One global team - one design
It is just after lunch in the design studio when Louise Temin, Senior Interior Design Manager, picks up a pen, plugs in her headphones, and gets to work. She is standing by her desk, sketching, and at first glance she seems to be working on her own.
But designing a Volvo car is anything but a solo act. It is teamwork – in a global sense. The Gothenburg design team works in close collaboration with the smaller design studios in Shanghai (China) and Camarillo (United States).
“The other teams’ insights on the local markets are very helpful to us,” says Temin, who was lead interior designer for the S90 and V90. “Even though we always base our work on the Volvo heritage, everyone sees things differently. As a designer, you’re inspired by the world around you.”
The studio is inside a rather anonymous-looking concrete building, situated in the middle of the small universe that makes up Volvo Cars in Torslanda, just outside Gothenburg in Sweden. Going to work here every day are 150 employees and 90 consultants – all with the same purpose: to design the next Volvo cars.
The process starts with a rough sketch, and then the procedure of refining and reviewing commences. All teams receive the same brief, and during weekly meetings – with those overseas joining via Skype – the designers’ proposals are reviewed and, finally, one key sketch is selected. The designer responsible for the key sketch, whether situated in Sweden, China or the United States, becomes the lead designer throughout the whole process to ensure the result stays as true to the original idea as possible.
“It’s just like being in the same room when we discuss the current events at these meetings. We’re one large international team, all part of the same process, even though we are in different parts of the world,” says Temin.
And when one design studio goes to sleep, the other sites are ready to take over. In China, the 12-strong design team goes to work in an office located in Jiading, an industrial district in the northwest part of Shanghai. Next year, a brand new two-storey design studio will be completed.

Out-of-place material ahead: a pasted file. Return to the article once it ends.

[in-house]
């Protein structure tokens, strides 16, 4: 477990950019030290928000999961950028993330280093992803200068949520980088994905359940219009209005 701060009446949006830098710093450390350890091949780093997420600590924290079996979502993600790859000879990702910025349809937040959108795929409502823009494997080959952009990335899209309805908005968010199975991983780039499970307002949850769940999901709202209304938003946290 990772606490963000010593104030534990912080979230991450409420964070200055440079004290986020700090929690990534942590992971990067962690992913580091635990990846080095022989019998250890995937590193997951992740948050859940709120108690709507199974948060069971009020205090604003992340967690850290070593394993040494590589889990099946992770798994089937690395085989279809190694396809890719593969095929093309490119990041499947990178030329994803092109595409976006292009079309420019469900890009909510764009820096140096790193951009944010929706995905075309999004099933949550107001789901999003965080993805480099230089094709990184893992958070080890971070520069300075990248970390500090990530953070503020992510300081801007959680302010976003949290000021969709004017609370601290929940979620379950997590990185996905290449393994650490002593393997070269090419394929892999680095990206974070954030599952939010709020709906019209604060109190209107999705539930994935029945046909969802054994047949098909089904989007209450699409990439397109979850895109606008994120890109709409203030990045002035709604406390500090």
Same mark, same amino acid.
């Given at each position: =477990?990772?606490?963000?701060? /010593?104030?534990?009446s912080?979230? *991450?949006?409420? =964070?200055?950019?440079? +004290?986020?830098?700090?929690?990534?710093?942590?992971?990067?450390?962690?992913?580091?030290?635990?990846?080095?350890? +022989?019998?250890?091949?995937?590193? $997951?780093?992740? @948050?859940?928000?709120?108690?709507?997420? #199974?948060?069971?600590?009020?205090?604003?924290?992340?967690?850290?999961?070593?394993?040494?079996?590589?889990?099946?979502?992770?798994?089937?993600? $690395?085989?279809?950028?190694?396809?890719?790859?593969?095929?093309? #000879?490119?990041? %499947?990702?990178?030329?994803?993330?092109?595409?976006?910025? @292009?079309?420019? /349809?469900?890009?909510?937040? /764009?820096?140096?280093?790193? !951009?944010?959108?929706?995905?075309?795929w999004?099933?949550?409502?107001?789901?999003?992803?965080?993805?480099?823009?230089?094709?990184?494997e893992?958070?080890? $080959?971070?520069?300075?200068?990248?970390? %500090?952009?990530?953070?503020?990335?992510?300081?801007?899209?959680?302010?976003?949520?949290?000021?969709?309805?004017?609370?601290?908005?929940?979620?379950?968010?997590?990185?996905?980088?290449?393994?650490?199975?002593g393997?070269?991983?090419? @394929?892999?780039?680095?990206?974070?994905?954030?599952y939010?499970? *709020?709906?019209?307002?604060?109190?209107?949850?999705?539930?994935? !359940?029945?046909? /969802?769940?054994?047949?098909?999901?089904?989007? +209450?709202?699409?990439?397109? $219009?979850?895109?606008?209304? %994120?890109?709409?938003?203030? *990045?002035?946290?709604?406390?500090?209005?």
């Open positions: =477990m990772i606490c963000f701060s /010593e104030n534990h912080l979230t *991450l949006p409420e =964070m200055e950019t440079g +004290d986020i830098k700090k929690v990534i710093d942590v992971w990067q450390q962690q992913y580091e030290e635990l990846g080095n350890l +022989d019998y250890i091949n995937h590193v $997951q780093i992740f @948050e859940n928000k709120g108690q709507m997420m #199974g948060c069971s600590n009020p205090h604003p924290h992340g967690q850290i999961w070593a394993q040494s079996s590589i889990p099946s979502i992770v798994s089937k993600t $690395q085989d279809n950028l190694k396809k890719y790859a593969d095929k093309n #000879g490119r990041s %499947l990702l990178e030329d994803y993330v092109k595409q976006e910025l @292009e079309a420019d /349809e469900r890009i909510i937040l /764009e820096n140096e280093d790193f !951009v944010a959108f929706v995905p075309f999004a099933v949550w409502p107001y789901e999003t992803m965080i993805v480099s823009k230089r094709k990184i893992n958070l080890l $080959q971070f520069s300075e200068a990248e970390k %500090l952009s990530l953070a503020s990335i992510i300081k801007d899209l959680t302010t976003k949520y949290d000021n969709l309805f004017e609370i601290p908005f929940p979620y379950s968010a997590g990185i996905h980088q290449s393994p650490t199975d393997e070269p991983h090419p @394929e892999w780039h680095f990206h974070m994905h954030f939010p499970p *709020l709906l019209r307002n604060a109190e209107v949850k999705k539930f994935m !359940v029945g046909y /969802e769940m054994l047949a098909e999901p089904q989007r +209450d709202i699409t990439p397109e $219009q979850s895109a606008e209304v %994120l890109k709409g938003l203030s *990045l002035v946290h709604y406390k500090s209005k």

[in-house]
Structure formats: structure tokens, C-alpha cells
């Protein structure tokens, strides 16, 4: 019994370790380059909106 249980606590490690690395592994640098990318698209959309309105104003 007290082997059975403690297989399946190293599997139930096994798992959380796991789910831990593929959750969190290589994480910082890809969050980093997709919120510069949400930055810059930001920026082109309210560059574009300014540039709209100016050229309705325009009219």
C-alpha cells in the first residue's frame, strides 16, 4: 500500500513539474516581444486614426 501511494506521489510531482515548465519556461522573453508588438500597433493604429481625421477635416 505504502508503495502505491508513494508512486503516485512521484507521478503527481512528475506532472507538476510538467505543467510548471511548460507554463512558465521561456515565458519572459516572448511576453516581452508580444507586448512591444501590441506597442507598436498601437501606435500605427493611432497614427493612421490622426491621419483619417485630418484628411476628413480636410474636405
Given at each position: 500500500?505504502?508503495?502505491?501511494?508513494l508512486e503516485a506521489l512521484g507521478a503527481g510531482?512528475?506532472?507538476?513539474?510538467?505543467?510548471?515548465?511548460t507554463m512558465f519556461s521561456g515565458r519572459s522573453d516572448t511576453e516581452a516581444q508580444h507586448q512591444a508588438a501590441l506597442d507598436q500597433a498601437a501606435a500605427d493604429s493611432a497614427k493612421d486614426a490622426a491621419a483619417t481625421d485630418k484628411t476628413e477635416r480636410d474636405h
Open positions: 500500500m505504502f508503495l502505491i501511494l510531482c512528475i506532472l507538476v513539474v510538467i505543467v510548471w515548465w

Jingjing Zhang, in charge of Colour and Material, says the time zone difference is advantageous.
“Working in different time zones is highly efficient,” she says. “Someone is always working, around the clock. I work closely with the team in Gothenburg and I can get feedback and input overnight.
“I like to think of myself as a cook, serving Swedish food, but putting a little bit of Chinese seasoning on it – a good combination of East and West. For example, maroon as an accent colour was first developed for the Chinese market as it’s a very popular colour here.
“Volvo Cars is a global brand with a global view. It’s important to be aware of the regional distinctions, and it’s a big challenge for designers to balance the different marketing requirements. Volvo Cars does this successfully.”
The Scandinavian roots, however, are as important for the Chinese team as for the Swedish, according to Jonathan Disley, Vice President Volvo Design Shanghai.
“Scandinavia is all about simplicity and honesty of materials and form. We have to design luxury products that are both simplistic and luxurious, and we keep a certain honesty in the way we design: clean, simple and elegant,” he says.
Often, designers from Shanghai or Camarillo spend time at the Gothenburg studio, working together in the design process. Even so, the team in Gothenburg is itself truly global.
“This is a very international team with lots of different nationalities,” says Louise Temin. “Everyone interprets Sweden in their own way. While we Swedes see our Scandinavian heritage as a natural part of our everyday life, someone from another country might think of it as a very exotic concept. This means that everyone has a different take on things. That’s unquestionably a very valuable aspect in the design process.”